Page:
If the Riley polling numbers stand, the issue of connecting Clark and Multnomah counties via rail will probably be the first major CRC controversy that has found some kind of resolution.
If controversy over planning has been intense, deciding who pays for the project likely will be more contentious. The estimated $4.2 billion price tag is far beyond what either Washington or Oregon can fund. Nor is that likely to be the ultimate cost. Until final construction bids on the CRC project have been accepted by the transportation departments, any estimate is just that — an approximation based on current engineering data. Additionally, the $4.2 billion is in 2008 dollars; inflation will likely alter the final figure.
Whatever the amount, the states plan to look to several sources — federal transportation dollars being the most obvious. The state departments of transportation are up against a deadline for some of that money: They need to apply by Aug. 15 for what might be as much as $750 million in public transit grants from the Federal Transit Administration. Congress will reauthorize — and the CRC needs to apply for — federal highway funds in 2009; if the CRC misses that deadline it will have to wait until 2015 to try again. In all, the CRC project has identified 21 possible sources — some big, many small — of federal funding.
But getting federal financing is not as easy as it may sound. First, there needs to be strong support by Oregonians and Washingtonians for a project before Congress will seriously consider offering money, say project supporters like Corky Collier, executive director for the Columbia Corridor Association. A region needs to prove it both needs and wants it or somewhere else will get the money, he says.
Contrast that against the “wishful thinking” argument. “We’ve constructed this mythology that there’s this huge pot of funds on the federal level if we only get our act together,” says economist Joe Cortright — vice president of Portland-based consulting firm Impresa, and a vocal opponent of the project. “The era of big earmarks is over.”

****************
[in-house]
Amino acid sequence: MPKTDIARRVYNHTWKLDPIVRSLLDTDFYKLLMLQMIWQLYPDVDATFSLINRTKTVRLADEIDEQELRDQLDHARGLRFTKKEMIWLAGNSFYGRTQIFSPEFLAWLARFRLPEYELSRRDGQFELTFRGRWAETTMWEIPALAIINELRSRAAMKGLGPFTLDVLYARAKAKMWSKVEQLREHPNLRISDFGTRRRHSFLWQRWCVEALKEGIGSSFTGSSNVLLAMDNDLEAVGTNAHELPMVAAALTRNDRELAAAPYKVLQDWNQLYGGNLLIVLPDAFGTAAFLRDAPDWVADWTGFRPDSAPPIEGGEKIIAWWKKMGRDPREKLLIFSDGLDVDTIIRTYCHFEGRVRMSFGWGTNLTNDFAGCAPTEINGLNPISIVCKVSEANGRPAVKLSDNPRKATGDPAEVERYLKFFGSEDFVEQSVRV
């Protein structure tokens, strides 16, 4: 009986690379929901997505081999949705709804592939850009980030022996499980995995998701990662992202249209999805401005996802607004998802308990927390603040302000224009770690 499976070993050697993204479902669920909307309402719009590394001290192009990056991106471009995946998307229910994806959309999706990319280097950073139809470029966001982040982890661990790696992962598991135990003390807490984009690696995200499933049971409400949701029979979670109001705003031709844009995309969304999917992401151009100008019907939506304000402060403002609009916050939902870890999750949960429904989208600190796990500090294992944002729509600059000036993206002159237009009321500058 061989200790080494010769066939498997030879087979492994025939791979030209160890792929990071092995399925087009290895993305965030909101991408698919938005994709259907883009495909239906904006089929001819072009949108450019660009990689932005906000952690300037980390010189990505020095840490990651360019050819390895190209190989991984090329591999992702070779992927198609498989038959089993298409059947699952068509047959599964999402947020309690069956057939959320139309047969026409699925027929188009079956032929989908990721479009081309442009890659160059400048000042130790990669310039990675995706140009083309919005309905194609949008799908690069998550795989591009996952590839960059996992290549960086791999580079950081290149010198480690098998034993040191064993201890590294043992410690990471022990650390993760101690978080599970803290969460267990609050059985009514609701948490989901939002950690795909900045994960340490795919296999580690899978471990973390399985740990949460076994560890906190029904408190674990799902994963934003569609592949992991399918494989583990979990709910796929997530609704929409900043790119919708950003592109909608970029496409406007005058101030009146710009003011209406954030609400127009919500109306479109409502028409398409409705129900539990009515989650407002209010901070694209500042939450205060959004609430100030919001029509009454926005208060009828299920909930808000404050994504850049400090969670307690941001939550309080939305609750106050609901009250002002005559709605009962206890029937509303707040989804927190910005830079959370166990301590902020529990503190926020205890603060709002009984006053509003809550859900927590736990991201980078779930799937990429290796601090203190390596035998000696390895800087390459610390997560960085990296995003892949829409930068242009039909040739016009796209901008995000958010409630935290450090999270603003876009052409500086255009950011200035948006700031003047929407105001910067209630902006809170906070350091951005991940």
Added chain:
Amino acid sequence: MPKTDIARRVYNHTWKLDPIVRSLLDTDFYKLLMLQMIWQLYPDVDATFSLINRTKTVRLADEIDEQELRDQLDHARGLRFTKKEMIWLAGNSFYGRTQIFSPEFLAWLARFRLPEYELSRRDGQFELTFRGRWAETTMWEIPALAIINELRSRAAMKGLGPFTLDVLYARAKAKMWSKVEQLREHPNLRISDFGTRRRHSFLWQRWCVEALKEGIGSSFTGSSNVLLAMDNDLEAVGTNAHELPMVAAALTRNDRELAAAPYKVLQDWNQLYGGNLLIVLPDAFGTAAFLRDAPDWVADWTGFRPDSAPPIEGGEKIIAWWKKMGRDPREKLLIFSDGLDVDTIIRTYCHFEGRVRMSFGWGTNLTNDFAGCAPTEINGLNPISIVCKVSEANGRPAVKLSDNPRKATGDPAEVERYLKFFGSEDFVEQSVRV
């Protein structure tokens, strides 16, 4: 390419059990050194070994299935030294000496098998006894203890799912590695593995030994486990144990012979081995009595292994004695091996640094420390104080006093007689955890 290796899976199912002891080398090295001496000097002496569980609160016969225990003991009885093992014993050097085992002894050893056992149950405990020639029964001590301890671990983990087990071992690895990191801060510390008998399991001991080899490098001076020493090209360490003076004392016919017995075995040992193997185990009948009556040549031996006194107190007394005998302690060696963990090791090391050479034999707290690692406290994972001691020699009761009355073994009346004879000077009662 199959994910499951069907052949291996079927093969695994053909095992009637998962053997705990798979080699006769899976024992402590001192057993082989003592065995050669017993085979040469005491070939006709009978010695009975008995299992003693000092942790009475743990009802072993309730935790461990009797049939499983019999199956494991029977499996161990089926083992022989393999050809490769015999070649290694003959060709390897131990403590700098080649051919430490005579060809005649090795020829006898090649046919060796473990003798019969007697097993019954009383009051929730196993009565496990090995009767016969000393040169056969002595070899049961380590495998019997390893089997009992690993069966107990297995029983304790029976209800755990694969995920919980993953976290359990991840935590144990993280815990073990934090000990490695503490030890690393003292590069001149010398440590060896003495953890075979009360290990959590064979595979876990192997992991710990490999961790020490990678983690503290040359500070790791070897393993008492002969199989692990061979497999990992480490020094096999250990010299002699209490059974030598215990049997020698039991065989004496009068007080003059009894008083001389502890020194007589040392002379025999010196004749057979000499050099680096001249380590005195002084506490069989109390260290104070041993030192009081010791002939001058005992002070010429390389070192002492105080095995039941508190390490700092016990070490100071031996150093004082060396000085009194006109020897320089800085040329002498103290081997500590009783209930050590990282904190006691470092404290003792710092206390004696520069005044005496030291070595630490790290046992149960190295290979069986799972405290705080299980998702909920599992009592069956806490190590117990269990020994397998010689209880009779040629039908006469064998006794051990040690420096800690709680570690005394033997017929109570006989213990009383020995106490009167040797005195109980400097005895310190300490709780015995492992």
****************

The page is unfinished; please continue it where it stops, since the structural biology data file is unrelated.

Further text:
Tolls — modern electronic systems have eliminated the need for collection booths — will almost certainly be a part of the project. In fact, Welches’ Rick Metsger, the Democratic chairman of the senate Business, Transportation and Workforce Development Committee, thinks tolls could fund the bulk of the project — putting the funding burden on drivers instead of state residents. That certainly will be controversial. The actual toll can’t be determined until other types of funding have been obtained, but early estimates put the peak-hour, one-way toll at $2.50.
That’s a wildly unpopular idea. A poll paid for by the CRC project in 2006 found that only 36% of residents in the Tri County and Clark County region approved of a toll that size. The Riley Research poll from earlier this year — which surveyed residents in Washington, Clark, Multnomah and Clackamas counties — came up with similar numbers: Only 38% of people approved of a fee. Clark County residents, who make up the majority of commuters crossing the I-5 bridge, were the most vehemently against it: 59% told Riley Research they strongly opposed any kind of toll.
After federal funds and tolling, another avenue of funding will be the pockets of Oregon and Washington residents.